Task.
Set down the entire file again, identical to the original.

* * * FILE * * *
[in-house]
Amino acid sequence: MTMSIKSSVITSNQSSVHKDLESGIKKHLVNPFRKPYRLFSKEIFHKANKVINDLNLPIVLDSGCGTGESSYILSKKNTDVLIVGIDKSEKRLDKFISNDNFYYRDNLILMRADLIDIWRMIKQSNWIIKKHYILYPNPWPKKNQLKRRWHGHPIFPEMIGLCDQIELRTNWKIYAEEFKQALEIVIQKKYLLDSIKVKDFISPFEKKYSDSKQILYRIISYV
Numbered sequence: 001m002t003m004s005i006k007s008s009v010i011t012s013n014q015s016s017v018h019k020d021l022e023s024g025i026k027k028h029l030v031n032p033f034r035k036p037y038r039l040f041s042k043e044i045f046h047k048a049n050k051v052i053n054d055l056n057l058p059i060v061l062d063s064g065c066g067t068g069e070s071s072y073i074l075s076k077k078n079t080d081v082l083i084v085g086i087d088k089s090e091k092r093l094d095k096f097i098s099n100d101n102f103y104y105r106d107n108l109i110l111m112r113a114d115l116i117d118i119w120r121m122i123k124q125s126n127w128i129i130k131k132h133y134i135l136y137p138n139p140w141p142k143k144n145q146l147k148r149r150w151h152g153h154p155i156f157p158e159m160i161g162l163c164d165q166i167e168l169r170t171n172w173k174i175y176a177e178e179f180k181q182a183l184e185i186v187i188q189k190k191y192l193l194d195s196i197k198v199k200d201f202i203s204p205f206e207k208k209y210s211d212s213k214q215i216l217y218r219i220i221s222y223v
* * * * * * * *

[in-house]
Amino acid sequence: MTMSIKSSVITSNQSSVHKDLESGIKKHLVNPFRKPYRLFSKEIFHKANKVINDLNLPIVLDSGCGTGESSYILSKKNTDVLIVGIDKSEKRLDKFISNDNFYYRDNLILMRADLIDIWRMIKQSNWIIKKHYILYPNPWPKKNQLKRRWHGHPIFPEMIGLCDQIELRTNWKIYAEEFKQALEIVIQKKYLLDSIKVKDFISPFEKKYSDSKQILYRIISYV
Numbered sequence: 001m002t003m004s005i006k007s008s009v010i011t012s013n014q015s016s017v018h019k020d021l022e023s024g025i026k027k028h029l030v031n032p033f034r035k036p037y038r039l040f041s042k043e044i045f046h047k048a049n050k051v052i053n054d055l056n057l058p059i060v061l062d063s064g065c066g067t068g069e070s071s072y073i074l075s076k077k078n079t080d081v082l083i084v085g086i087d088k089s090e091k092r093l094d095k096f097i098s099n100d101n102f103y104y105r106d107n108l109i110l111m112r113a114d115l116i117d118i119w120r121m122i123k124q125s126n127w128i129i130k131k132h133y134i135l136y137p138n139p140w141p142k143k144n145q146l147k148r149r150w151h152g153h154p155i156f157p158e159m160i161g162l163c164d165q166i167e168l169r170t171n172w173k174i175y176a177e178e179f180k181q182a183l184e185i186v187i188q189k190k191y192l193l194d195s196i197k198v199k200d201f202i203s204p205f206e207k208k209y210s211d212s213k214q215i216l217y218r219i220i221s222y223v